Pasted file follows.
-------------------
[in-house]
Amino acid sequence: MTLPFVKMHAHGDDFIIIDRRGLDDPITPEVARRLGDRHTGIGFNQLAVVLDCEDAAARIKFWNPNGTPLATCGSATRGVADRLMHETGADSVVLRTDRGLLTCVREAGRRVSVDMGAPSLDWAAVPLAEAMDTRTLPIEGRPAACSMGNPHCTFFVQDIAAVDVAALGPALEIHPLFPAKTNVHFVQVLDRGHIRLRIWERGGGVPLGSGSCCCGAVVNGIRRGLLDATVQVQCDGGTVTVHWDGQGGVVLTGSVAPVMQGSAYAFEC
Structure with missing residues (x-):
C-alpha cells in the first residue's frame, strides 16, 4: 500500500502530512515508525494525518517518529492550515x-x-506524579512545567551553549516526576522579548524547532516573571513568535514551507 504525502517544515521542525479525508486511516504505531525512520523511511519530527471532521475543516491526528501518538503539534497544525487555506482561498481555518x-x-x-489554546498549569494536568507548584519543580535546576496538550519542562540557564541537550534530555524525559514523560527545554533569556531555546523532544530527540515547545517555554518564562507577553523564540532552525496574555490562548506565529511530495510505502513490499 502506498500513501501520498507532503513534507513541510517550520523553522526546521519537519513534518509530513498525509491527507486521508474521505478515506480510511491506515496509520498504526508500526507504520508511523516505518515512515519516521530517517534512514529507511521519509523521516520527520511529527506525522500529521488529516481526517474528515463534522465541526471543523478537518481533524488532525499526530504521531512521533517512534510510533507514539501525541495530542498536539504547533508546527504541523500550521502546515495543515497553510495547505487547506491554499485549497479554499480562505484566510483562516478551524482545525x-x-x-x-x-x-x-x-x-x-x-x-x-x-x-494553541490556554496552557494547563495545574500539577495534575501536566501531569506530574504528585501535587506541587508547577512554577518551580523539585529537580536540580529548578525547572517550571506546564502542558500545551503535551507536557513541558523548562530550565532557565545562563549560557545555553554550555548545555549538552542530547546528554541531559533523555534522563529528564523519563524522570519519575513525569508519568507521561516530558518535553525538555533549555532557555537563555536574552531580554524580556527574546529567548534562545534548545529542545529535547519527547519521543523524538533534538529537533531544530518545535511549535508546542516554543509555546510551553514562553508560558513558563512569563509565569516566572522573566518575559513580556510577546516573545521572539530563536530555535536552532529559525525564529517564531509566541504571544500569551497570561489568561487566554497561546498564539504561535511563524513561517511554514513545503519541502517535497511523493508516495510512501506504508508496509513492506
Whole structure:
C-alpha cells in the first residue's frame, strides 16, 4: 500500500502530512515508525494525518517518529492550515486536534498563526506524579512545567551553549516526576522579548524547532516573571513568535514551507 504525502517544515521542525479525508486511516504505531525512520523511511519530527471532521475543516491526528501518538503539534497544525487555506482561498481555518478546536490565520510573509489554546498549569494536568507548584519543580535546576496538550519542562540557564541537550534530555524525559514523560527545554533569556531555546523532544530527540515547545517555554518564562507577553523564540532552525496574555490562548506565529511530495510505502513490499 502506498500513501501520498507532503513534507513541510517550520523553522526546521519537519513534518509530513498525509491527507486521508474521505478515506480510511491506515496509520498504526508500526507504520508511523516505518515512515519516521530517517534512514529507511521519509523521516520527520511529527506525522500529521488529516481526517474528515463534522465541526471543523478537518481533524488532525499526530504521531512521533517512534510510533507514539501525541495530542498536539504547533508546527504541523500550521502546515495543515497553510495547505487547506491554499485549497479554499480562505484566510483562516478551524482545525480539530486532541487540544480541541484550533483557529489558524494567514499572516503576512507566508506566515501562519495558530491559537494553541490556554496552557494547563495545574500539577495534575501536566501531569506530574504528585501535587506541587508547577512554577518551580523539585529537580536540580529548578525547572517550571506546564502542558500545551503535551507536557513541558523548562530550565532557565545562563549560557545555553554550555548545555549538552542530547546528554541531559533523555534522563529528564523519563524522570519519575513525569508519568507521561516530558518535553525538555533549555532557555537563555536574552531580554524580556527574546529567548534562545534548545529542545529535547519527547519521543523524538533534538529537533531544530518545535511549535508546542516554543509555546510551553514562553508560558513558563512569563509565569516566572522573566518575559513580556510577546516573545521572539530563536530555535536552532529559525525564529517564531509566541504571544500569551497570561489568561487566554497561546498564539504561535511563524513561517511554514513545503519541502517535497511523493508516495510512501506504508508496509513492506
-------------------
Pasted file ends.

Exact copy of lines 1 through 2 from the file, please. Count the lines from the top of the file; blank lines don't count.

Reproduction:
[in-house]
Amino acid sequence: MTLPFVKMHAHGDDFIIIDRRGLDDPITPEVARRLGDRHTGIGFNQLAVVLDCEDAAARIKFWNPNGTPLATCGSATRGVADRLMHETGADSVVLRTDRGLLTCVREAGRRVSVDMGAPSLDWAAVPLAEAMDTRTLPIEGRPAACSMGNPHCTFFVQDIAAVDVAALGPALEIHPLFPAKTNVHFVQVLDRGHIRLRIWERGGGVPLGSGSCCCGAVVNGIRRGLLDATVQVQCDGGTVTVHWDGQGGVVLTGSVAPVMQGSAYAFEC